All the right pieces are in the right place with “As You Like It,” the season opener for the Kentucky Shakespeare Festival’s 59th season.
We have familiar faces — the somewhat de facto resident company. We have a few new faces, too.
We have Matt Wallace’s solid direction, leading the characters — a collection of lovers, nobles and servants — from the city where their troubles rule out to the forest of Arden, where they find their loves and an adventure or two.
We have the Frederick Olmsted-designed Central Park and the C. Douglas Ramey Amphitheater. The offstage accommodations are there, and Kentucky Shakespeare has added a special kids area so the whippersnappers can hang out and let their parents have the opportunity to talk about something other than PJ Masks while they grab a beer and cheesy fries or sushi or barbecue.
But “As You Like It” never managed to quite get off the ground for me, and it certainly didn’t hit the heights the Bard’s comedies have attained in recent years when shepherded to the stage by Wallace’s sure hands, performed by all those wonderful actors we have come to love.
I should mention now that my review should be taken with a grain of salt. This production is set with trappings and costumes inspired by Appalachia, with new songs and music played and performed live. Despite having reported that fact, both officially and frequently to friends who have asked, it wasn’t until the first banjo chord and the first fiddle lick burst into sound that I remembered I really don’t particularly care for Appalachian folk music, bluegrass or a pretty large portion of “Americana.”
But I don’t think it’s just my personal antipathy that caused this production to feel overlong.
Once the play starts, the folk music repeatedly kills the momentum of Shakespeare’s madcappery. Every time Gregory Maupin’s banjo playing “Touchstone,” Jon Becraft’s fiery Orlando or Hallie Dizdarevic’s smitten and cross-dressing Rosalind got the crowd warmed up and chuckling, the action and the laughing would pause for a snatch of song, sometimes for several minutes.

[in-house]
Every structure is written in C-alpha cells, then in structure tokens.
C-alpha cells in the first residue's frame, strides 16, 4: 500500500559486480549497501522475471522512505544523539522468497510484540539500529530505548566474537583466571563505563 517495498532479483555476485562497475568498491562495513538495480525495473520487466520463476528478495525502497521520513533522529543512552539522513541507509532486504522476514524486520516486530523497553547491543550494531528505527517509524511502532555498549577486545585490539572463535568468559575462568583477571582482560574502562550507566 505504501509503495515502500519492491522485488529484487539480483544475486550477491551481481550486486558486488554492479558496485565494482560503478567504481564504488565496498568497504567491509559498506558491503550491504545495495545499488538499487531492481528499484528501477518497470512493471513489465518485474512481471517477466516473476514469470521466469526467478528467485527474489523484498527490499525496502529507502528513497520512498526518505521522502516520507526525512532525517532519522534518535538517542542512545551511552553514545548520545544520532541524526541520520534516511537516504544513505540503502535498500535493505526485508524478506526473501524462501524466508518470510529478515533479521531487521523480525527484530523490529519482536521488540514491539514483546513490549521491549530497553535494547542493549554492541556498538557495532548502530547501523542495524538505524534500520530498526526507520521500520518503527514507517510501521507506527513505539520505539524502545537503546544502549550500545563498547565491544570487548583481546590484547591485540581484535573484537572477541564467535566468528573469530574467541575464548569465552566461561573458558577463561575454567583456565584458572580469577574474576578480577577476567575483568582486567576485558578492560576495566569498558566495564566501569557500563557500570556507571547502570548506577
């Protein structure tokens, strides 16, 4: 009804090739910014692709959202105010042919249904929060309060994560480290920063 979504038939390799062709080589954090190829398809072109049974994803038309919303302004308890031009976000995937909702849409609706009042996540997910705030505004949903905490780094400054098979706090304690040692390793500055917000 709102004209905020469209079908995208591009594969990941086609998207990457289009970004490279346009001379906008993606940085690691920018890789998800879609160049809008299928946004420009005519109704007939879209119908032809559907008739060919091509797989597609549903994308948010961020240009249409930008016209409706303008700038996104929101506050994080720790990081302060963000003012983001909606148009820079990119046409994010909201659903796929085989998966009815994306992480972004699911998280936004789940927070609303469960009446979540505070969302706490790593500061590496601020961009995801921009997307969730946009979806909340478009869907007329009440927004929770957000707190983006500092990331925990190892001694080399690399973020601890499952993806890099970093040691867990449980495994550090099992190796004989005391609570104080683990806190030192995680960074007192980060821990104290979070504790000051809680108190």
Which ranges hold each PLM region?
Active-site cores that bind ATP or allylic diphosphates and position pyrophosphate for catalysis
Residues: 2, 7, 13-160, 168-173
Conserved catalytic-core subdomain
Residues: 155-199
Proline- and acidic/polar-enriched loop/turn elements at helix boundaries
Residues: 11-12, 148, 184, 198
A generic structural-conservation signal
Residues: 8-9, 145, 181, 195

Shakespeare’s songs in general often strike me as something of a sticky wicket, as does the old tradition of adding in a dance or two for every comedy. It’s in the script and it’s in the tradition.
But with due respect to both the Bard and Aristotle’s “Poetics,” we don’t actually have to have singing and dancing in every play.
To be clear, the singing — provided mostly by Neill Robertson — is excellent. His tone is bright and warm, and he sells each song with the same skill he always brings to the stage.
He’s capably backed up by several members of the cast, many of whom play instruments. The original music composed by Aaron Bibelhauser is catchy with tight harmonies.
The choreography also is not at fault, particularly the dancing in the marriage scene, which capably blends Appalachian steps with a good use of the stage, and Barbara Cullen’s actor-friendly choreography.
But none of those elements adds to the play, no matter how well they are executed.
It’s worth returning to Becraft and Dizdarevic for a moment before looking at the rest of the cast. The wordplay between their Orlando and Rosalind sparkles. After several years without a particularly meaty role, Becraft infuses Orlando — especially in the scenes before he first meets Rosaline — with a palpable and antsy ire.
It’s a far cry from the sweetness we often see in a young lover and explains why Becraft is more often relegated to the role of villain. But instead of undermining his character, this energy makes Orlando more interesting when he falls in love and sets him apart from the cavalcade of young lovers who romp through each one of Shakespeare’s comedies.
Dizdarevic is having a ball as Rosalind, especially when she dresses as the boyish Ganymede in order to flirt with Orlando. She also serves us the principle joy of watching a de facto resident company — a faithful patron can easily call to mind her sweet and tragic turn as Desdemona from last year’s “Othello.” Seeing her flirty and fun is twice as good knowing she was all tragic last summer.
The second act picks up a bit and allows Silvius (Crystian Wiltshire) and Phebe (Angelica Santiago) to command some stage time as a second set of young lovers.
Wilshire is a regular with Kentucky Shakespeare and is frequently put in the role of young lover. His ebullience sells those characters, whether they are the tragic Romeo or a comic Claudio.
Here his young lover is less a leading man and more a goofy secondary character, and it’s fun to watch Wiltshire push his usual charm past credulity and basically parody his usual characters, giving us a cartoonish and playful country bumpkin.
Phebe runs from Silvius toward Ganymede, echoing once more the superior “A Midsummer Night’s Dream.” Santiago does get to perform one of the great comedic monologues Shakespeare wrote for a women’s character, wherein she pitilessly rips apart the idea that a mean look from a woman can wound or hurt a man. Santiago does it justice and in general holds up her end of scenes with Wiltshire and Dizdarevic.
“As You Like It” runs throughout the summer, with performances through July 20. Also part of the 59th season are “Henry IV, Part Two” starting June 13 and “The Tragedy of King Lear” starting June 27. The full schedule is online, and as usual, all performances are free.